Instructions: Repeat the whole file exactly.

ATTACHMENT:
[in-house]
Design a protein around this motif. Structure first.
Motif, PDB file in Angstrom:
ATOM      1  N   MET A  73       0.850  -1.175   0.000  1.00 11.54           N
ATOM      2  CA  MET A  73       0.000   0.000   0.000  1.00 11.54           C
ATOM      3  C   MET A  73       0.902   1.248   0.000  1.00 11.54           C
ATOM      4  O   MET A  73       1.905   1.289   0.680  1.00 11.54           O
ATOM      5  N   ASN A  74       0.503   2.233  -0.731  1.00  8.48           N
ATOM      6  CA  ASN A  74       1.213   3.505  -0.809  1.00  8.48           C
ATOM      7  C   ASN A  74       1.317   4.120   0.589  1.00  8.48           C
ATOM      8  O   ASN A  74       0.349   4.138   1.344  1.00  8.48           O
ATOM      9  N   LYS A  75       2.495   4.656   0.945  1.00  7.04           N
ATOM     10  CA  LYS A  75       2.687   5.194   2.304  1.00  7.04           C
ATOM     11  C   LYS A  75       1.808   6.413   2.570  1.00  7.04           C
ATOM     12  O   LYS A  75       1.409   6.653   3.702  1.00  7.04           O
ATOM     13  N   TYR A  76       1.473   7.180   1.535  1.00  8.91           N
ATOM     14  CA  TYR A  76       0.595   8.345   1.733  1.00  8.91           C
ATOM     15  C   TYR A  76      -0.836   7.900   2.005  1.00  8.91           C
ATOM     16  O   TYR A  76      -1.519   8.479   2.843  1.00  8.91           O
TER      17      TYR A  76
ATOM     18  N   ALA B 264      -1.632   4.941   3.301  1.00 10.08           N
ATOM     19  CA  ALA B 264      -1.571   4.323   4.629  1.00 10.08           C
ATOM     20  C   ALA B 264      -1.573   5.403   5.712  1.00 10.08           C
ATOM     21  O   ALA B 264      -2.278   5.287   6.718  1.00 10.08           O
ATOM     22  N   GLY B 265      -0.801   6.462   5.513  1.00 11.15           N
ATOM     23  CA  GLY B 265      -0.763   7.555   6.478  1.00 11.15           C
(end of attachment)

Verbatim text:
[in-house]
Design a protein around this motif. Structure first.
Motif, PDB file in Angstrom:
ATOM      1  N   MET A  73       0.850  -1.175   0.000  1.00 11.54           N
ATOM      2  CA  MET A  73       0.000   0.000   0.000  1.00 11.54           C
ATOM      3  C   MET A  73       0.902   1.248   0.000  1.00 11.54           C
ATOM      4  O   MET A  73       1.905   1.289   0.680  1.00 11.54           O
ATOM      5  N   ASN A  74       0.503   2.233  -0.731  1.00  8.48           N
ATOM      6  CA  ASN A  74       1.213   3.505  -0.809  1.00  8.48           C
ATOM      7  C   ASN A  74       1.317   4.120   0.589  1.00  8.48           C
ATOM      8  O   ASN A  74       0.349   4.138   1.344  1.00  8.48           O
ATOM      9  N   LYS A  75       2.495   4.656   0.945  1.00  7.04           N
ATOM     10  CA  LYS A  75       2.687   5.194   2.304  1.00  7.04           C
ATOM     11  C   LYS A  75       1.808   6.413   2.570  1.00  7.04           C
ATOM     12  O   LYS A  75       1.409   6.653   3.702  1.00  7.04           O
ATOM     13  N   TYR A  76       1.473   7.180   1.535  1.00  8.91           N
ATOM     14  CA  TYR A  76       0.595   8.345   1.733  1.00  8.91           C
ATOM     15  C   TYR A  76      -0.836   7.900   2.005  1.00  8.91           C
ATOM     16  O   TYR A  76      -1.519   8.479   2.843  1.00  8.91           O
TER      17      TYR A  76
ATOM     18  N   ALA B 264      -1.632   4.941   3.301  1.00 10.08           N
ATOM     19  CA  ALA B 264      -1.571   4.323   4.629  1.00 10.08           C
ATOM     20  C   ALA B 264      -1.573   5.403   5.712  1.00 10.08           C
ATOM     21  O   ALA B 264      -2.278   5.287   6.718  1.00 10.08           O
ATOM     22  N   GLY B 265      -0.801   6.462   5.513  1.00 11.15           N
ATOM     23  CA  GLY B 265      -0.763   7.555   6.478  1.00 11.15           C